Halflings - Small, sweet people halflings live in hillocks in lush valleys. Among all the races, halflings accept witches more readily than any other, and at least one can be found in most halflings villages, though their magic is usually limited to healing and helping the farmers.
I want it to work on either a percentage system or a d10 system like used in World of Darkness games. Any advise, help, ideas, comments?
There is an rpg called "Witchcraft" that I have only heard of. I don't know if you had heard of it before.
PS. Here is the link
Sounds like a hoot, would love to sit around a table and try that.
Great system, really easy to pick up and play. They have a lot of really nice magic schools as well.
Originally Posted by MuslixtheMighty
oddly enough, the same thing happend to christianity when paganism arose from christianity for the first time several thousands of years ago.
Originally Posted by Janisy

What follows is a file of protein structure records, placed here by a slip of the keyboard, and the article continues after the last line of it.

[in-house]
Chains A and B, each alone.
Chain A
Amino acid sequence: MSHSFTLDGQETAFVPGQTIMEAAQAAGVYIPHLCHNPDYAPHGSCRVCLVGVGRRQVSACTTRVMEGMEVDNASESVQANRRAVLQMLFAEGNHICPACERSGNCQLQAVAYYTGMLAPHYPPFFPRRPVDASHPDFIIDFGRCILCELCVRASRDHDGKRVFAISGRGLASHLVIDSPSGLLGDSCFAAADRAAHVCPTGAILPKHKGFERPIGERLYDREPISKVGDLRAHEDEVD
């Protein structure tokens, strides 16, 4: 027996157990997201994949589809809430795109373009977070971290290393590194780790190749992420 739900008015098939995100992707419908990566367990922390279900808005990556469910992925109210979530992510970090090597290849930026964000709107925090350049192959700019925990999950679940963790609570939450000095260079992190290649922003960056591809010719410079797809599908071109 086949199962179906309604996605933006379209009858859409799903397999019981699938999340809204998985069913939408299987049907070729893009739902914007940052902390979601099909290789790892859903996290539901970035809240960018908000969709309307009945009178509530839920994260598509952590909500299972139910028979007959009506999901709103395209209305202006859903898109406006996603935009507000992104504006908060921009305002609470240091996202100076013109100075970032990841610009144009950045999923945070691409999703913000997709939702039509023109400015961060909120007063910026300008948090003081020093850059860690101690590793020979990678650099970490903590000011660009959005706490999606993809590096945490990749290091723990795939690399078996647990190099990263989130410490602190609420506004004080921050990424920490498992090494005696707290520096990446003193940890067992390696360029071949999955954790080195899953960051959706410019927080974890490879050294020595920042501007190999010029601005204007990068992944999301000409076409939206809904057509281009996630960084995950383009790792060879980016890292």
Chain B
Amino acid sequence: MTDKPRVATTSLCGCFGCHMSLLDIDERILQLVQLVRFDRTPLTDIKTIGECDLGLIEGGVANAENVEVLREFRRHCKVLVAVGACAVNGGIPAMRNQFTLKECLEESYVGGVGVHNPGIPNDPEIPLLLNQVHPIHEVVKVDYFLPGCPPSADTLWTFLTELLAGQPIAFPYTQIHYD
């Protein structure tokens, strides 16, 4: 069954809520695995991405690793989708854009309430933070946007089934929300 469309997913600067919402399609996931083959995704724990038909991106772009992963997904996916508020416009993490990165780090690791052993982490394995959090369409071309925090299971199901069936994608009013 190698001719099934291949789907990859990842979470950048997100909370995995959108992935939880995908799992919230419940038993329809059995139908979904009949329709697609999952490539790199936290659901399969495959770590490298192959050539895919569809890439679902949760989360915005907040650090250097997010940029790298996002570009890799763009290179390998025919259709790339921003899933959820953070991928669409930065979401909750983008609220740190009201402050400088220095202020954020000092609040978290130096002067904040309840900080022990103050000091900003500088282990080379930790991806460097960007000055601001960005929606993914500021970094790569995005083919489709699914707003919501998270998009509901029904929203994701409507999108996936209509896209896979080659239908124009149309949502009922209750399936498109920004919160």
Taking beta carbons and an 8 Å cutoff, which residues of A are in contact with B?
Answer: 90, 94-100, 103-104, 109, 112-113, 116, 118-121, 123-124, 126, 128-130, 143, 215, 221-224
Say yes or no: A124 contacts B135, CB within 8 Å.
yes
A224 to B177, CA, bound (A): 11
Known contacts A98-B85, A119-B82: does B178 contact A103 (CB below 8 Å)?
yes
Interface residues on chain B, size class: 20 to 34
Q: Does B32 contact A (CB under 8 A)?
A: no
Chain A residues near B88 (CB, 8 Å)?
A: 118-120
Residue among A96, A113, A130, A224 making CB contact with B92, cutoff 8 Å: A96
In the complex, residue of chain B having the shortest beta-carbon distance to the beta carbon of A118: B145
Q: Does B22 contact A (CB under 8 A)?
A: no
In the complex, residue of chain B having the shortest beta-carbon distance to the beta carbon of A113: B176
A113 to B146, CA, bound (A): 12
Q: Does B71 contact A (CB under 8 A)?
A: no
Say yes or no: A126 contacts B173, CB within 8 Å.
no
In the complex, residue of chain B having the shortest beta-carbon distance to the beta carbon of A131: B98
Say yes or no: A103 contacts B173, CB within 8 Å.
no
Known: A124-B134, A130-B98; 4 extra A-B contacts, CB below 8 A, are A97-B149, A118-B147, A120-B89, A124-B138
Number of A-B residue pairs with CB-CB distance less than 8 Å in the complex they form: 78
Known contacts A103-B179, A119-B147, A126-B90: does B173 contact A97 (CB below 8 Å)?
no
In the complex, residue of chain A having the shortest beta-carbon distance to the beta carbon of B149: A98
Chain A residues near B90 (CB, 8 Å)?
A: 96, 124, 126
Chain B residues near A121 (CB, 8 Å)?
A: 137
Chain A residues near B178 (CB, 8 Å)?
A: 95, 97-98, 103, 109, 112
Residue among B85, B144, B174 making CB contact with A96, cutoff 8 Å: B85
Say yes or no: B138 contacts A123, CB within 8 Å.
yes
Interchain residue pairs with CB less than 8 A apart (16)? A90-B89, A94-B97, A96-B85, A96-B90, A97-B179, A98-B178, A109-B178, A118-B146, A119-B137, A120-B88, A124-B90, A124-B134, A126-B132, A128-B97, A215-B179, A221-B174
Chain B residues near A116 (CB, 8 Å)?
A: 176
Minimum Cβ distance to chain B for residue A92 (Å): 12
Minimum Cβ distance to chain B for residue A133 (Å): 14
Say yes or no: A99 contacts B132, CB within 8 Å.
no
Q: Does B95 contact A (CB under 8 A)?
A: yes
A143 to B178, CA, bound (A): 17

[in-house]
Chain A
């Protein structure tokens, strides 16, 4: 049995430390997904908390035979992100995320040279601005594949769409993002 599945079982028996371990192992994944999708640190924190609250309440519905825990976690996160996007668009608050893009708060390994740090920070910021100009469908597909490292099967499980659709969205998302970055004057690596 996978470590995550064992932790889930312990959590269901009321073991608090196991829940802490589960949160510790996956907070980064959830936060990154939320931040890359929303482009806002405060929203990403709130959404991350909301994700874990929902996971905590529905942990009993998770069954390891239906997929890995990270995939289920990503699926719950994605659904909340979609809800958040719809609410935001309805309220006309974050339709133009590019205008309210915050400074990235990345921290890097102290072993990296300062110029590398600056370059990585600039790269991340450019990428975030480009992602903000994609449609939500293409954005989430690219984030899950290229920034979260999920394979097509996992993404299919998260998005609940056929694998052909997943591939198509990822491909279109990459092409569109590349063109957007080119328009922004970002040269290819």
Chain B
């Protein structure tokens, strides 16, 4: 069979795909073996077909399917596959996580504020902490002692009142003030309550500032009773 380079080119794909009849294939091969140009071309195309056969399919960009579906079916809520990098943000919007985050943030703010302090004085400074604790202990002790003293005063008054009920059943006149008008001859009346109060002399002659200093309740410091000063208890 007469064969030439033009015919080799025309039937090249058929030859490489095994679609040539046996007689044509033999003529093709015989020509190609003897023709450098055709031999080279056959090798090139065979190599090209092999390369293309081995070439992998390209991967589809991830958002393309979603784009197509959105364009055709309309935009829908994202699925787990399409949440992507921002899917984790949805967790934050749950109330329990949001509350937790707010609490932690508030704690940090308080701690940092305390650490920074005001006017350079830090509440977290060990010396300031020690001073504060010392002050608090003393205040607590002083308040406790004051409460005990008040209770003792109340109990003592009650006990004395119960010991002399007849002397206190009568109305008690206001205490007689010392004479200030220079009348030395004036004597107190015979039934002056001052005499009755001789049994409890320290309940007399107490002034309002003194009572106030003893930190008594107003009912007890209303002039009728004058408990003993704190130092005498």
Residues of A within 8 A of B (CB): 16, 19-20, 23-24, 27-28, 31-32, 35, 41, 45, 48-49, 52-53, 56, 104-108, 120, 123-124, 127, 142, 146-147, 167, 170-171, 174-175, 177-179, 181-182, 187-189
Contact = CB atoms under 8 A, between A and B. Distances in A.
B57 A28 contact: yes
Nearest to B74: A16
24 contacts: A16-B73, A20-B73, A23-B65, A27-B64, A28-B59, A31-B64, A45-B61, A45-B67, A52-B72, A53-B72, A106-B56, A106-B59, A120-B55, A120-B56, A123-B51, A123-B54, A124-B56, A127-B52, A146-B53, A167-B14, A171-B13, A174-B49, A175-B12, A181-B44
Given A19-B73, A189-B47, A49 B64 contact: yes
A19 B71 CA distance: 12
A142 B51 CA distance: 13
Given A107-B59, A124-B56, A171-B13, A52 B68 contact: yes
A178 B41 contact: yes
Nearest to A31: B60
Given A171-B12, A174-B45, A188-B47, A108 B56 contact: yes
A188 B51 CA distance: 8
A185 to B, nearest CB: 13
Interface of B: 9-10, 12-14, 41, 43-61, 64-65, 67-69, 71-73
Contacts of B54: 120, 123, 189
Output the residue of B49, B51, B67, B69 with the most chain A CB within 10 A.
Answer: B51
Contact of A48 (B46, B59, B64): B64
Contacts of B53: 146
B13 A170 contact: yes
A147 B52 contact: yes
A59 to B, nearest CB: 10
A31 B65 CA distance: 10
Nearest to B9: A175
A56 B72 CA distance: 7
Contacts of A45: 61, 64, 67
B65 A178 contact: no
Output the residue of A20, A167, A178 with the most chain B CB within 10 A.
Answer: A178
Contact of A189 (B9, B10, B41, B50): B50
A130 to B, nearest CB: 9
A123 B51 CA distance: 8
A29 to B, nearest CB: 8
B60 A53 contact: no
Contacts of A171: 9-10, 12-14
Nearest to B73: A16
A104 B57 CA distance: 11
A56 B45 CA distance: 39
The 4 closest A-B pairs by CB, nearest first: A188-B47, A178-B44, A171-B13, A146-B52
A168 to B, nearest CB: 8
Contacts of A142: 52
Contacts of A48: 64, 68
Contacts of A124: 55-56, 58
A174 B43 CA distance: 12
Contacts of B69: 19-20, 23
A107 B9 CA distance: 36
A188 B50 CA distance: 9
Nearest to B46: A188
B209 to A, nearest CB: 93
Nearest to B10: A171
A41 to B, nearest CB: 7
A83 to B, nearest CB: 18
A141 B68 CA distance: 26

I am confused as to the response above me. Paganism never arose from christianity lol But anyways. I do live the Unisystem in witchcraft and the magic in it. That has helped a lot. Thanks you guys.
Just like the Kaola Brothers, we're here to help.
a lot of people are unaware of that fact. no biggie. ^^
Originally Posted by Janisy
I see the word "Celtic" in the thread title, but I can't see anything much Celtic in the game description so far.
Originally Posted by nijineko
Well. I think one would have to define paganism but that might be out of the scope for this thread.
The world "pagan" has Latin roots for people who don't live in the city. When Christianity was adopted in Rome it was mostly in the cities (first) and the country folk stuck to their existing religions... leading "pagan" (folk from the country) to become associated with their religious beliefs. They weren't a product of Christianity, they were already there (first, no less).
In the general historic sense, a pagan is someone who is not a Christian or Jewish. The religions that fit this classification are wide and varied and some of them definitely grew up parallel (or before) the Old Testament events occurred (or were written, let's not debate religion).